Mums in a muddle.
Maternity nurse Rachel Waddilove helped Gwyneth Paltrow get her first baby to sleep through the night by six weeks. Yep. six weeks.
Paltrow says the supernanny provided “a flexible yet structured routine” – just the thing for her daughter Apple.
“Rachel’s advice on everything from breastfeeding to parenting was invaluable,” Paltrow says on Waddilove’s website.
Gwyneth Paltrow with Apple In London 2005. Image via Getty.
The celebrity nanny, who has over 40 years experience in sleep training, is trying to help mothers out of the "awful muddle" that is modern-day parenting.
"I think mothers are in such a muddle, bless them. I'm not blaming them - there is so much conflicting advice out there. They go round and round in circles, not quite knowing what to do and then baby doesn't know where he is."
Back to basics.
Ten years after it was first published, Waddilove has revised her go-to-guide for parents, The Baby Book. It has been brought up to date for a new generation of mothers but it's about getting back to basics.
The 68-year-old describes her approach as "traditional foundational parenting."
"I'm a great believer in the fact that babies and toddlers thrive on loving flexible routines," said Waddilove.
Rachel Waddilove trained at Doctor Barnado’s in the 1960s. Image supplied.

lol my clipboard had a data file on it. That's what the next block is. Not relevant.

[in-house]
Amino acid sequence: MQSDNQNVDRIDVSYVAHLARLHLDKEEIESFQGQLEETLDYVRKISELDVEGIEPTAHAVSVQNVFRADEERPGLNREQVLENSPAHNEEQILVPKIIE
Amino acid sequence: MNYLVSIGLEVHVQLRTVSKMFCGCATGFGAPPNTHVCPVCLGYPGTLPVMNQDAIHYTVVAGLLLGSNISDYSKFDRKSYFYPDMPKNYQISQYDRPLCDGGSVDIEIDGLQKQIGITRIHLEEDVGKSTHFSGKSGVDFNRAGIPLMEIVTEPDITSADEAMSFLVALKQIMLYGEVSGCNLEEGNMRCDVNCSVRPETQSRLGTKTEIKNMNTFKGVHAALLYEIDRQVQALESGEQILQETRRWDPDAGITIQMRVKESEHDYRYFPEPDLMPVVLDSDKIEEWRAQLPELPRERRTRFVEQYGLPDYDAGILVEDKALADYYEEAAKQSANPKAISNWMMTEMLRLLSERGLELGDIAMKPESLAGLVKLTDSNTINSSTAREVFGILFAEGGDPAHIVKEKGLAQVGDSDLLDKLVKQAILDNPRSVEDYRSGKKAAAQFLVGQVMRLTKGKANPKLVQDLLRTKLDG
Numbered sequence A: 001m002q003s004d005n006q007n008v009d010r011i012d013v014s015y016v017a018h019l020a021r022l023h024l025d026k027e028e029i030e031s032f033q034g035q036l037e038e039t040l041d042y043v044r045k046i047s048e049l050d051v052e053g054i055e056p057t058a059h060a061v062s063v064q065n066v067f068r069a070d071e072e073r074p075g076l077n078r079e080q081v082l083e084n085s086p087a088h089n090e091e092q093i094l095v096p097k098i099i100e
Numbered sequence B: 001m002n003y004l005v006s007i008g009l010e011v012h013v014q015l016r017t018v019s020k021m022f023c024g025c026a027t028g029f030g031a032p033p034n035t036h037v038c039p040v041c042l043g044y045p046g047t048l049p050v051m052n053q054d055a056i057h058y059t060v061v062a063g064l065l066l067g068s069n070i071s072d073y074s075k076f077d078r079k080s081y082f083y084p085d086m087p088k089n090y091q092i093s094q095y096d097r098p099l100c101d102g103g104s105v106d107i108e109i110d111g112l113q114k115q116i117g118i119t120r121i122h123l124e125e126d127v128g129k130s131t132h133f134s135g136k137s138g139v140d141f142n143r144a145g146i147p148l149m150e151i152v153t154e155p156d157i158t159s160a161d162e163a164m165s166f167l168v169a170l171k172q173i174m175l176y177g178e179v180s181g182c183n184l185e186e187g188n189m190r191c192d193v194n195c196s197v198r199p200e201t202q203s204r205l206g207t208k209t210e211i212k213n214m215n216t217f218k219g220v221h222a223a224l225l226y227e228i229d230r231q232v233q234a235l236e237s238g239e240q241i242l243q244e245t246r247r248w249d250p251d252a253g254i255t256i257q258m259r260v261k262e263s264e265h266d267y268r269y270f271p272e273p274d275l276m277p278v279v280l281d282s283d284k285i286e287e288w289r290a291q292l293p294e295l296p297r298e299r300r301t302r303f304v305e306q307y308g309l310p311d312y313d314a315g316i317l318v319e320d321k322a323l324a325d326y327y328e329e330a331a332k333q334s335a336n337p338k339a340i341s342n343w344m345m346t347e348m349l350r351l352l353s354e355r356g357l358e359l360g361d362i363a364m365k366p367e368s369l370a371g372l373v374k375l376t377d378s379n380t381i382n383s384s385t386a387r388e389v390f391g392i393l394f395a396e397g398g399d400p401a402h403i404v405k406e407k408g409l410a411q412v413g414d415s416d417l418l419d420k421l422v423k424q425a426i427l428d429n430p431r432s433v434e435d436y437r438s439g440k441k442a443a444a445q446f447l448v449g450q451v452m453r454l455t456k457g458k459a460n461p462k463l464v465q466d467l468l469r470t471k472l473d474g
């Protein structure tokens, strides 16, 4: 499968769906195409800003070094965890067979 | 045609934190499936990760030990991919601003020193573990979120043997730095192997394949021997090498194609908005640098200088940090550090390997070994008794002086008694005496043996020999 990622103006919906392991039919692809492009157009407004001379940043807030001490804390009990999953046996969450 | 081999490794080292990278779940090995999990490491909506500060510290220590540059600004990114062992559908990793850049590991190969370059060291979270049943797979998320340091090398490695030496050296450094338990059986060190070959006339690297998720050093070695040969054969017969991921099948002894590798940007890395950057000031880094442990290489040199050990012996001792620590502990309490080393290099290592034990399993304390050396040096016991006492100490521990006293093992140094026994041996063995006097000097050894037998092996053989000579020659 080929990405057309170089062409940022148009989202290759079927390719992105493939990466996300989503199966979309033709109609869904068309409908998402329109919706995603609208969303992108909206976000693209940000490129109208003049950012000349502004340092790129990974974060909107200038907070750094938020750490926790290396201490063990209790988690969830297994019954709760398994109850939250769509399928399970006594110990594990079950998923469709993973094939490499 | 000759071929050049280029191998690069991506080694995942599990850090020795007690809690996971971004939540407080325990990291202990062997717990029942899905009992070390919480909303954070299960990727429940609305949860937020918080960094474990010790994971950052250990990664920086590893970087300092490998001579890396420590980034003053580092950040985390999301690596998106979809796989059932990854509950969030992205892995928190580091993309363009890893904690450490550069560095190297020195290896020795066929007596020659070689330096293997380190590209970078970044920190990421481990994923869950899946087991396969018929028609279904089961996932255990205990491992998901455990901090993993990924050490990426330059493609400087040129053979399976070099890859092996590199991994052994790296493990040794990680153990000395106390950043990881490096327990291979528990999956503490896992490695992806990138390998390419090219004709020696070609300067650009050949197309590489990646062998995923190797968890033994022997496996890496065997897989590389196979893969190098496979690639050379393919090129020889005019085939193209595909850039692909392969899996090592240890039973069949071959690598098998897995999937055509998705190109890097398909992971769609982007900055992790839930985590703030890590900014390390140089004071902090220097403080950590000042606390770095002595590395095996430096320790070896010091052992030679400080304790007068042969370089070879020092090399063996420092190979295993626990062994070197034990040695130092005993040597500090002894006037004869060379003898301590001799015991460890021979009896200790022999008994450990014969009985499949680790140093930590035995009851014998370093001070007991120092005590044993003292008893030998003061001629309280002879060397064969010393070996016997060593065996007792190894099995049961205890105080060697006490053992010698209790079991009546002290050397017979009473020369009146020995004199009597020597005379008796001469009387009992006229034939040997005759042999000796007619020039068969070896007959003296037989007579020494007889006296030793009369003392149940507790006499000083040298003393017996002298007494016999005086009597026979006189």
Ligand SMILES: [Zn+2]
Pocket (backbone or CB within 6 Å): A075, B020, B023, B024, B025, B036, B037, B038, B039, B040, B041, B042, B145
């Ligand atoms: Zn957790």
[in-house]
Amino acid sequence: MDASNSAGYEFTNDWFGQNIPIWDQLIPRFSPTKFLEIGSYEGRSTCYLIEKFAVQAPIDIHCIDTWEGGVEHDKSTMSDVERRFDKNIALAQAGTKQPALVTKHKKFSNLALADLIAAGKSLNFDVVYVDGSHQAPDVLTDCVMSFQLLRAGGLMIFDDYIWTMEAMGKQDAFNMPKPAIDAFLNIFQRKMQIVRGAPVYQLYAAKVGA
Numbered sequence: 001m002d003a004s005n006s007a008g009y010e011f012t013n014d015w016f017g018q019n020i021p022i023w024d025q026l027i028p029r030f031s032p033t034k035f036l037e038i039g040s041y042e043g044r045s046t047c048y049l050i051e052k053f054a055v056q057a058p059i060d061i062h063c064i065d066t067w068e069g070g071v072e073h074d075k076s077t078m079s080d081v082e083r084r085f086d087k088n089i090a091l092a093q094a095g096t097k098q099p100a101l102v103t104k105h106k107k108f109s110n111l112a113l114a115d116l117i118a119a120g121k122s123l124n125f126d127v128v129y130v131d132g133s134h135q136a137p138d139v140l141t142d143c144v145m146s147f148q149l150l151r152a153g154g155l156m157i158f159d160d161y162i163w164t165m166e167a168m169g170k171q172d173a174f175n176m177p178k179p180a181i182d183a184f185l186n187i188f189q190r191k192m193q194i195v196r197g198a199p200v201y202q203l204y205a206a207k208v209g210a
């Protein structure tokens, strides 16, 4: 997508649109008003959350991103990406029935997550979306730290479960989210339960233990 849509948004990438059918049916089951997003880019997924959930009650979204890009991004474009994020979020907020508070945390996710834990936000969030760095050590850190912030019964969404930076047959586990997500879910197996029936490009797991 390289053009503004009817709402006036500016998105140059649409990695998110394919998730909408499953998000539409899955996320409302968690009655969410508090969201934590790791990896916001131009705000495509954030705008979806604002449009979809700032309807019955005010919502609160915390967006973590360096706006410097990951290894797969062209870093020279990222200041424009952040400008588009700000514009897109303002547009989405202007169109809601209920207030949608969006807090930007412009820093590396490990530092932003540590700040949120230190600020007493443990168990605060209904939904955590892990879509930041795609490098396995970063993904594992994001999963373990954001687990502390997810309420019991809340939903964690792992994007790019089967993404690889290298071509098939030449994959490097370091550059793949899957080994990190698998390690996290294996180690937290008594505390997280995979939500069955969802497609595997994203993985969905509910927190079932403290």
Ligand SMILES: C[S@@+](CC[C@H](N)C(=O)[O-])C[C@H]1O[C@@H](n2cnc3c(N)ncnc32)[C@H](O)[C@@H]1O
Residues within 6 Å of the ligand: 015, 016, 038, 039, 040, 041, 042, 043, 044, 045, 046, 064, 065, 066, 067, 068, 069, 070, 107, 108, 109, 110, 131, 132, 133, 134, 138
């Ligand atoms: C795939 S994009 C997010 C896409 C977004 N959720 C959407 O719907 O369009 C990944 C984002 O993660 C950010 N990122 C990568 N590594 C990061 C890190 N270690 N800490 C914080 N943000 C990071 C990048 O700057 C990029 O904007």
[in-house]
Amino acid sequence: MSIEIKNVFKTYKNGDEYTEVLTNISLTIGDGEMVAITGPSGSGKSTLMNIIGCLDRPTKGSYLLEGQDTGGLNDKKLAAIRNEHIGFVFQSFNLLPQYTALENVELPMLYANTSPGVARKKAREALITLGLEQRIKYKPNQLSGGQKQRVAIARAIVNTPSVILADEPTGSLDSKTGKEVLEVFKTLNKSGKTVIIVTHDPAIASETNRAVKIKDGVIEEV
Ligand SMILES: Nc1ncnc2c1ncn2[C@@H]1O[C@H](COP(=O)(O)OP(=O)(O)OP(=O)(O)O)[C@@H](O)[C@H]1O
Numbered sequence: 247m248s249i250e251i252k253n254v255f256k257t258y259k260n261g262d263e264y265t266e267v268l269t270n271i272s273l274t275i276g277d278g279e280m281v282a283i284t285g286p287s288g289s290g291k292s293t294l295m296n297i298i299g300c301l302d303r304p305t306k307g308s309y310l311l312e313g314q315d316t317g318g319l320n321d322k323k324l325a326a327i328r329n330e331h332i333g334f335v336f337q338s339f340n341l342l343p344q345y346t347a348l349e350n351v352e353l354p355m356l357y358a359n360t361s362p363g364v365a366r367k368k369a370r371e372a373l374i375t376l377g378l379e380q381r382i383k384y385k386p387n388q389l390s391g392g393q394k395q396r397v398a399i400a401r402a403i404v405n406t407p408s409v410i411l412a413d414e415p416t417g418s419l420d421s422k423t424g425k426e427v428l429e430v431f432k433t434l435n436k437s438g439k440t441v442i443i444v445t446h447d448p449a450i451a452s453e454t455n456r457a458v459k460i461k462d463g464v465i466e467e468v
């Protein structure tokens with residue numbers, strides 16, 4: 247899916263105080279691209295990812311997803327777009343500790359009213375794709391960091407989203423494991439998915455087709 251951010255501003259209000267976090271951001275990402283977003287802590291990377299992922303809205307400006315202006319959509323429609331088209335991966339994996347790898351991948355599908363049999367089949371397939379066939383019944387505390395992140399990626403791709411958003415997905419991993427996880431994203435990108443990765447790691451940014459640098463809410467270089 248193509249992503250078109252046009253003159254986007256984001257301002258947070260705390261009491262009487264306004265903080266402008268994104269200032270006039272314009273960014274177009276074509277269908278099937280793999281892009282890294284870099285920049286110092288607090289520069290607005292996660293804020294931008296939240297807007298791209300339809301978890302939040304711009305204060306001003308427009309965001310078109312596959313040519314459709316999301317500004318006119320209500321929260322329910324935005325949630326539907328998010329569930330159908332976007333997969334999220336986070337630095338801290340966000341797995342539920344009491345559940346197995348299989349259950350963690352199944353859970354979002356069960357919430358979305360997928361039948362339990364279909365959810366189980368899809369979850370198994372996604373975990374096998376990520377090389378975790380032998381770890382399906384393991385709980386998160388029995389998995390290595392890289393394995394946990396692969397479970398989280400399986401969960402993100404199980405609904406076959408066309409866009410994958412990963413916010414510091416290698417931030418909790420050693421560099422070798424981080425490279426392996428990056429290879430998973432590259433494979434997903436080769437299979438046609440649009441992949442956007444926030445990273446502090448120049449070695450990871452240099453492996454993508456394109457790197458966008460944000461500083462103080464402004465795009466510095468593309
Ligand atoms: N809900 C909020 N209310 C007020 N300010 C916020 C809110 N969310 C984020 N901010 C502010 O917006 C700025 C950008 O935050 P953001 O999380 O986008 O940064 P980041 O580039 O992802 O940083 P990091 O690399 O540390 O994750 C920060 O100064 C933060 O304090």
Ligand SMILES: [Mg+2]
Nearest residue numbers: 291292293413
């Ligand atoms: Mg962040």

"I love babies and young children and there a precious gift to us and we need to nurture, cherish them, love them and care for them but within all of that is putting down boundaries," she said.
"We're not talking about leaving a baby or a toddler cold, hungry and unloved for hours-on-end to shout - that's abuse. We are talking about putting loving parenting boundaries in."
Actress Minnie Driver was helped by Rachel. Image by Jordan Strauss/WireImage.
The mother of three spends most of time during her consultancy and maternity nurse service speaking to parents about sleep.
"The most important thing with any baby is that they must have a full tummy at every feed."
"Whether you're breastfeeding or bottle feeding you want to make sure that they are completely tanked up at every feed. If your baby is fine and fit and healthy, there's no reason why they shouldn't have a sleep," said Waddilove.